Looking for a New Car? Here's Some Useful Tips Before You Buy

Buying a new car can be the most stressful yet rewarding purchases of your life. Regardless of how you feel about your purchase, one thing’s for certain: it’s one of the biggest ones you’ll ever make. Here’s our guide to buying a new car without the headaches.

Get pre-approved

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Those low-interest rates from the dealer might sound attractive, but read the fine print and you’ll see a very small percentage of buyers qualify for these rates, and only a certain number of cars apply too. Once dealers realize you don’t qualify, they’re free to offer you higher interest rates. Instead, get pre-approved from your local bank or credit union. Applications are easy and if you do them online, they only take a few minutes. And you can be approved on the same day!

Do your research

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If you already know the general type of make and model you’re looking for, then pay attention to the price. This will help you from getting swindled by a salesperson for another vehicle.

Mark your calendar

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Weekdays are better to buy than weekends. End of the month is better than the beginning of the month, since salespeople are looking to boost their sale numbers before the month is up. Fall is better than winter or spring, since dealers are clearing out their inventories for next year’s models.

Test drive

You might know your dream car front and back, but nothing compares to driving the actual thing. Make sure you give it a spin so you can feel how the vehicle handles and learn all about the car’s little quirks before you take a plunge. You’ll be paying for this car for many months, so make sure this is the one you want.

Down payments and trade-ins

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They should total at least 20 percent of the car’s price. Also, don’t mention your trade-in until you’re ready to sign. We know you want to get rid of your clunker ASAP, but if a salesperson knows this information beforehand, they can use this as leverage to offer a higher price than usual.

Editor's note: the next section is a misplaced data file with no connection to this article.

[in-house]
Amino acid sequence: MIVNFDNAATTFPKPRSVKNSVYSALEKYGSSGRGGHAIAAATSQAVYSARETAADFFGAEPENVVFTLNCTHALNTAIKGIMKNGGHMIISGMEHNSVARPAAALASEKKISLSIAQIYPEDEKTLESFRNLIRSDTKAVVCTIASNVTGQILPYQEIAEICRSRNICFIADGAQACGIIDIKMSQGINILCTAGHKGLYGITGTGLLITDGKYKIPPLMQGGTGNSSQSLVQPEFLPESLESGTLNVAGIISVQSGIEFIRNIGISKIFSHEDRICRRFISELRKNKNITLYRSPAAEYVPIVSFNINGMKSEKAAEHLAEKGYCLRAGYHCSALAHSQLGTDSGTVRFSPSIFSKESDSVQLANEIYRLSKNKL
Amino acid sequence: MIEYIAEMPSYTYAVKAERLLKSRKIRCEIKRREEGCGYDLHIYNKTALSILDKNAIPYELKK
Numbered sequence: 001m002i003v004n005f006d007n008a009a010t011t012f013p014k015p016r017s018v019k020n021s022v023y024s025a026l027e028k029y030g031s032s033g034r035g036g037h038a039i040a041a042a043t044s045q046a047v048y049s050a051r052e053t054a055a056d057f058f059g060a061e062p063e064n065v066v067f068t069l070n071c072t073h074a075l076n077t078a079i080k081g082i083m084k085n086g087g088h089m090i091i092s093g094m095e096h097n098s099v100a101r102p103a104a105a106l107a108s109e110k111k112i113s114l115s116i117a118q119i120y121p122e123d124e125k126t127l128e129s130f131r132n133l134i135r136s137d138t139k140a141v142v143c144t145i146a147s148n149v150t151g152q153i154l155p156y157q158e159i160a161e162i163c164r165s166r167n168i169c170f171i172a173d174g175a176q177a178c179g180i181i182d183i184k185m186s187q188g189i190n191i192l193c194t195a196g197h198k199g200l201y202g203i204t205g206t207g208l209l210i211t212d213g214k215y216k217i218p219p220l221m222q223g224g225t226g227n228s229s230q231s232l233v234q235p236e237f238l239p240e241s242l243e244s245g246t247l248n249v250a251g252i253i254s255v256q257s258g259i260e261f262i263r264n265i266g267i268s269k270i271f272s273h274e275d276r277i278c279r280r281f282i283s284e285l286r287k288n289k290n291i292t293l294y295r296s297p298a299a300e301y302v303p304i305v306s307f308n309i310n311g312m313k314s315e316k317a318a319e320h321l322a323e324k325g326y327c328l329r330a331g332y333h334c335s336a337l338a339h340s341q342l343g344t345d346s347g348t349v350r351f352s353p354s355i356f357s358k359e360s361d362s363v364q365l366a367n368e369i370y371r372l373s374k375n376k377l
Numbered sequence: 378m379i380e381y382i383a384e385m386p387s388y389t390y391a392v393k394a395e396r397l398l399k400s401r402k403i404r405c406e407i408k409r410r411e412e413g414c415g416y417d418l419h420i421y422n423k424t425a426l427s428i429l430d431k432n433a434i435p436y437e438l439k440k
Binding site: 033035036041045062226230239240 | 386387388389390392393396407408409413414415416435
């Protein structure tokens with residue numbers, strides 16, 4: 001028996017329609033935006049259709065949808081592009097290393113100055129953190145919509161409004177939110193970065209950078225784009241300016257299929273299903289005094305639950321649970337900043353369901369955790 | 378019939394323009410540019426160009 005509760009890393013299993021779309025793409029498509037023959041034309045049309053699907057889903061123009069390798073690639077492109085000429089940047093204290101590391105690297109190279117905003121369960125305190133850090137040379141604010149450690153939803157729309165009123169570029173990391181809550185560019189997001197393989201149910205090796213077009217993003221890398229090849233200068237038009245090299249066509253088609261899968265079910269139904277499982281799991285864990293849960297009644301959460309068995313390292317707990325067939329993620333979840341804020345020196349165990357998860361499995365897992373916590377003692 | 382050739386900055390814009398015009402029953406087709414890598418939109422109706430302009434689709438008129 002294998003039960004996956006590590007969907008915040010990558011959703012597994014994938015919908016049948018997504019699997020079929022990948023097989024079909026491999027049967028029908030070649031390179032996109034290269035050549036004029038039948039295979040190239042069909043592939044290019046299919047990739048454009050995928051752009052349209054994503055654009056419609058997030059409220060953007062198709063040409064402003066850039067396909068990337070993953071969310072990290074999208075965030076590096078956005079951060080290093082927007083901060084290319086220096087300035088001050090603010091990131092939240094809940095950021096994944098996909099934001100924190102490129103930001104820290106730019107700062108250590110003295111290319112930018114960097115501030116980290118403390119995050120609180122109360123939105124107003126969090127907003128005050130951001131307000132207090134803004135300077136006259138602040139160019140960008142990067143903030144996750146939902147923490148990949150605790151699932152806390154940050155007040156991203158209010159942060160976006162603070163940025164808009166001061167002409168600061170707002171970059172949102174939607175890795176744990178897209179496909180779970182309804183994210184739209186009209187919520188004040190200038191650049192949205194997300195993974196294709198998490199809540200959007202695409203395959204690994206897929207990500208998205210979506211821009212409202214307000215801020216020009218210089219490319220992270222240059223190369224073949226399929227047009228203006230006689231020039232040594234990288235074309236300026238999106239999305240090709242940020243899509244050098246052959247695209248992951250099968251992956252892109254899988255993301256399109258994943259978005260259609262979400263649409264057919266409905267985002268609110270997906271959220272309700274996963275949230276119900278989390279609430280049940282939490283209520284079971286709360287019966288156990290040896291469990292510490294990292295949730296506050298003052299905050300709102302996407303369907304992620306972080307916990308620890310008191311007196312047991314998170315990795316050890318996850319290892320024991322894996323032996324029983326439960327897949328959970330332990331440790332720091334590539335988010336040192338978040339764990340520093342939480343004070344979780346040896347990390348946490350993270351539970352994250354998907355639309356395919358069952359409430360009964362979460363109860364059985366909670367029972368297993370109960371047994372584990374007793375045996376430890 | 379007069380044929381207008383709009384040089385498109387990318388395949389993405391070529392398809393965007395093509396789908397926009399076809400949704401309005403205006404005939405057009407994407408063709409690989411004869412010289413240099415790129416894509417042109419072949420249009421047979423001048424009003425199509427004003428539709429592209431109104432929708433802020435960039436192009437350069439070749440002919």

Walk out

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Say no to at least one dealer’s price (after you’ve negotiated of course!). There are plenty of dealers out there, and not everyone is going to offer the lowest deal.

Look for a car-buying program

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If you’re iffy on negotiating (like me), then many big-box warehouse stores offer a car-buying program if you’re a member. These are pre-negotiated prices on vehicles between the warehouse and the dealer. Not only will the process be cheaper, but it’ll be a lot easier too.

Say no to add-ons

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Fancy add-ons, like cargo covers or fancy upholstery are salespeople’s bread and butter. These are often unnecessary, and can be added for cheaper after you purchase.

Negotiate using price, not payments

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If a salesperson asks how much you’re willing to pay per month, shift the discussion to the car’s overall price. Once a salesperson knows your monthly range, they can sell you the car using only this tactic. The problem with that is dealers can hide higher interest rates and other add-ons in a monthly payment — which you won’t see if you’re only looking at the monthly payment amount.

Set terms with your term

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Your term, or the length of time you’ve decided to finance, should be as short as you can afford. Sure, a term of 72 months will bring you lower monthly payments, but it will most likely increase the amount of interest you will pay at the end. Plus, if something happens to you or the car, you could be stuck paying for a non-functioning or non-desirable car. Keep terms under 48 months whenever possible.

What do you drive? Leave a comment below!

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